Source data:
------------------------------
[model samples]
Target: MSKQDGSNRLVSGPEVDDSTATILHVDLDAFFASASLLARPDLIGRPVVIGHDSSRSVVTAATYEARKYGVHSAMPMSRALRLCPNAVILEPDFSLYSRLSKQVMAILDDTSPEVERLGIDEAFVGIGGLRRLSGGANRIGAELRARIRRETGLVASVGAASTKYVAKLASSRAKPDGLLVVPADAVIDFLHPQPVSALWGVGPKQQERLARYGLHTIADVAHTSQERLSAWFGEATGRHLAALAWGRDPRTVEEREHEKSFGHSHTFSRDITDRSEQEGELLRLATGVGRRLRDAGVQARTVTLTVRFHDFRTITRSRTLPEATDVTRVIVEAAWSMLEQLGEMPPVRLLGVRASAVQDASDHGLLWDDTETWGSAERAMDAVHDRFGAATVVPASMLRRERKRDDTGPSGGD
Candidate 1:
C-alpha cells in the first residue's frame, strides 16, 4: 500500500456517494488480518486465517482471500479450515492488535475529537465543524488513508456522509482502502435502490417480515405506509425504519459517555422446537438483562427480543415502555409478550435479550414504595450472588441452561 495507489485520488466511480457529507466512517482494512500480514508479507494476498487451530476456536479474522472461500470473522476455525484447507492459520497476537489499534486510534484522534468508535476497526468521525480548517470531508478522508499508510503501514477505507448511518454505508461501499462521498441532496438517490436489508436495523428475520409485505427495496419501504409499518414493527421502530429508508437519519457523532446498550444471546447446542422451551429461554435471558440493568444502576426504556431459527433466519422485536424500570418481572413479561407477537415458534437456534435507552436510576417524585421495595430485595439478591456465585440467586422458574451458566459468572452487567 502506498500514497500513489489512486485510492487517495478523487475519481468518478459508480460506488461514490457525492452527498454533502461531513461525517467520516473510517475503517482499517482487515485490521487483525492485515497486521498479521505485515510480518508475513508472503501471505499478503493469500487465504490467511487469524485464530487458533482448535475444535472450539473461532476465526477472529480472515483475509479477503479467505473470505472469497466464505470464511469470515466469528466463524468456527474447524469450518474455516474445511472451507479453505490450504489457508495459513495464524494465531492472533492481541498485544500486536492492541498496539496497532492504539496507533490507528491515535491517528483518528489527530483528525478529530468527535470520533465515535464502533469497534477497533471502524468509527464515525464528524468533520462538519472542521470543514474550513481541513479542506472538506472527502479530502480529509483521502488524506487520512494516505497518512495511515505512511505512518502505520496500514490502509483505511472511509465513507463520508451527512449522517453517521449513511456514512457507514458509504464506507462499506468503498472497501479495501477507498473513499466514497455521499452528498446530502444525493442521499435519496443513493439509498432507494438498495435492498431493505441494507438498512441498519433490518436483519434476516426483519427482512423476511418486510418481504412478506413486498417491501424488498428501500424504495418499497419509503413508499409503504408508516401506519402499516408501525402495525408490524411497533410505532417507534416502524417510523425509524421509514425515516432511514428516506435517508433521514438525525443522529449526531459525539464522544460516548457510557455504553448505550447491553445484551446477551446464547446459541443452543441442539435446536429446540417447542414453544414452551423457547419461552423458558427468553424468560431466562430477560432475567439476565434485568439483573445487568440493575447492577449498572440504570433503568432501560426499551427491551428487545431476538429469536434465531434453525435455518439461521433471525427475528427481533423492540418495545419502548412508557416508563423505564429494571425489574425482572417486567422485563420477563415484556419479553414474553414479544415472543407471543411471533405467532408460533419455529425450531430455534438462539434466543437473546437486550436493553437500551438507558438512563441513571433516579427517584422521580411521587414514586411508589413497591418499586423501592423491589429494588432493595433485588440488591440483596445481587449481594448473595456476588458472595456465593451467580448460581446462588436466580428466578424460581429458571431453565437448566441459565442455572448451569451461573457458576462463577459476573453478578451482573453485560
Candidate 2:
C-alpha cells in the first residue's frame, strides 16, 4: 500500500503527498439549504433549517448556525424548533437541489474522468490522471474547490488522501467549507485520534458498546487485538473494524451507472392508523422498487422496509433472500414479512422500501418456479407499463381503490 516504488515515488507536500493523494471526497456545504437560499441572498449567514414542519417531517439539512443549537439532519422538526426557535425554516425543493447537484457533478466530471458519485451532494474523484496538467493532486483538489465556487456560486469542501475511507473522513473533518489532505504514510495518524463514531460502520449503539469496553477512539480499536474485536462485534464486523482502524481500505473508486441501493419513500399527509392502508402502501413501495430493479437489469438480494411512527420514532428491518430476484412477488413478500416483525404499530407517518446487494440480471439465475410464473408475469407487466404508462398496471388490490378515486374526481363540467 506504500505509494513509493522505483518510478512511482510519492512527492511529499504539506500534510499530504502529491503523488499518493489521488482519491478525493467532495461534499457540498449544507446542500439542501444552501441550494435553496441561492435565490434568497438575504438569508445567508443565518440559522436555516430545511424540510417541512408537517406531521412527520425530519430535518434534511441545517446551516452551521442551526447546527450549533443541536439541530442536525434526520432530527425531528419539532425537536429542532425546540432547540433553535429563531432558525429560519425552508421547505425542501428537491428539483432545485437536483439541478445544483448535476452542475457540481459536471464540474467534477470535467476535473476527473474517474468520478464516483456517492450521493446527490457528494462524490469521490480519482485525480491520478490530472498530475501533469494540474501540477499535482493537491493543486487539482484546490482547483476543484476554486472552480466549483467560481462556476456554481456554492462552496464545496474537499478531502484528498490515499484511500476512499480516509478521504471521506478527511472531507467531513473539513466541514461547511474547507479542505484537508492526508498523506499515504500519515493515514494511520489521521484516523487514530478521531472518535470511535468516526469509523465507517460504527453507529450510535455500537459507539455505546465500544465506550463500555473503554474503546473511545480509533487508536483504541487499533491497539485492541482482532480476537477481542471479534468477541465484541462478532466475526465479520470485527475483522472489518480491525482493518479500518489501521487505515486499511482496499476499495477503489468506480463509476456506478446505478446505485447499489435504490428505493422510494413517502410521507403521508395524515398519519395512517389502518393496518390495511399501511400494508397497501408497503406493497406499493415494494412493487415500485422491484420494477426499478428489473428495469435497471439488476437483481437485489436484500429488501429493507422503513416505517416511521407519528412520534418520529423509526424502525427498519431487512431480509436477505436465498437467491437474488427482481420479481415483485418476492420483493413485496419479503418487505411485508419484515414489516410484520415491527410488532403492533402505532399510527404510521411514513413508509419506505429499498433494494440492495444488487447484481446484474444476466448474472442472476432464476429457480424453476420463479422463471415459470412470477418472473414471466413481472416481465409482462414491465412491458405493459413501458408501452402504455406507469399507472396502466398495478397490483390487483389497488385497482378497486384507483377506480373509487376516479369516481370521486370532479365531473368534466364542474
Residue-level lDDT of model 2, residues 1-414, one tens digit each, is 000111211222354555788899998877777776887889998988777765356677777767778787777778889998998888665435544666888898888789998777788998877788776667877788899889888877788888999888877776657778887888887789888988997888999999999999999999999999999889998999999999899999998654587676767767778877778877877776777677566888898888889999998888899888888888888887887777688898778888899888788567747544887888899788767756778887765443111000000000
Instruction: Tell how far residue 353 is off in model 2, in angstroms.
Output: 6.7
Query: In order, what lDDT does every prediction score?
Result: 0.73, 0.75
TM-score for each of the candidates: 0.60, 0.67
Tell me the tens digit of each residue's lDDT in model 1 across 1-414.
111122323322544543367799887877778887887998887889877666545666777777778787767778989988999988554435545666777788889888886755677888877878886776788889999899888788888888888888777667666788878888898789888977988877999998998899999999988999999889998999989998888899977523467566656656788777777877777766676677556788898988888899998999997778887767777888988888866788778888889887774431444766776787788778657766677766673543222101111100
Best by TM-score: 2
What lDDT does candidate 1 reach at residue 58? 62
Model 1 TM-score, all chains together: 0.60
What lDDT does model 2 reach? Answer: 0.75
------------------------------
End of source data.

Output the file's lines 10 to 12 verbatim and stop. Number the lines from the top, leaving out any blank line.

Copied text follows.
Query: In order, what lDDT does every prediction score?
Result: 0.73, 0.75
TM-score for each of the candidates: 0.60, 0.67